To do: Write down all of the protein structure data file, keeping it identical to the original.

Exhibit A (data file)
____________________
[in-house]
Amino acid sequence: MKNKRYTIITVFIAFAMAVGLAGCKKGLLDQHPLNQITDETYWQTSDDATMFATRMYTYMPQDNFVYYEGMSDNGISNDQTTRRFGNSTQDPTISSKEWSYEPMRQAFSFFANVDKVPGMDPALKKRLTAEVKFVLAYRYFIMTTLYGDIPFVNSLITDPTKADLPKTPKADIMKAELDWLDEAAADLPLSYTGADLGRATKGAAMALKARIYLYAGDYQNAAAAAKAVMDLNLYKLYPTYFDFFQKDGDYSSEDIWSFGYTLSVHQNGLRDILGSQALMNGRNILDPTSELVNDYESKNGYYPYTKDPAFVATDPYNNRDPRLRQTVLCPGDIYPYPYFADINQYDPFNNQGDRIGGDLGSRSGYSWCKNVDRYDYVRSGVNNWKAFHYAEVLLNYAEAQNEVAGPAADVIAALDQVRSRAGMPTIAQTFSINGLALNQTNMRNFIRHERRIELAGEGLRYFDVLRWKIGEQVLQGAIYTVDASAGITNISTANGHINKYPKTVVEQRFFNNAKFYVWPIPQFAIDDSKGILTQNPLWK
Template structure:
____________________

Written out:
[in-house]
Amino acid sequence: MKNKRYTIITVFIAFAMAVGLAGCKKGLLDQHPLNQITDETYWQTSDDATMFATRMYTYMPQDNFVYYEGMSDNGISNDQTTRRFGNSTQDPTISSKEWSYEPMRQAFSFFANVDKVPGMDPALKKRLTAEVKFVLAYRYFIMTTLYGDIPFVNSLITDPTKADLPKTPKADIMKAELDWLDEAAADLPLSYTGADLGRATKGAAMALKARIYLYAGDYQNAAAAAKAVMDLNLYKLYPTYFDFFQKDGDYSSEDIWSFGYTLSVHQNGLRDILGSQALMNGRNILDPTSELVNDYESKNGYYPYTKDPAFVATDPYNNRDPRLRQTVLCPGDIYPYPYFADINQYDPFNNQGDRIGGDLGSRSGYSWCKNVDRYDYVRSGVNNWKAFHYAEVLLNYAEAQNEVAGPAADVIAALDQVRSRAGMPTIAQTFSINGLALNQTNMRNFIRHERRIELAGEGLRYFDVLRWKIGEQVLQGAIYTVDASAGITNISTANGHINKYPKTVVEQRFFNNAKFYVWPIPQFAIDDSKGILTQNPLWK
Template structure: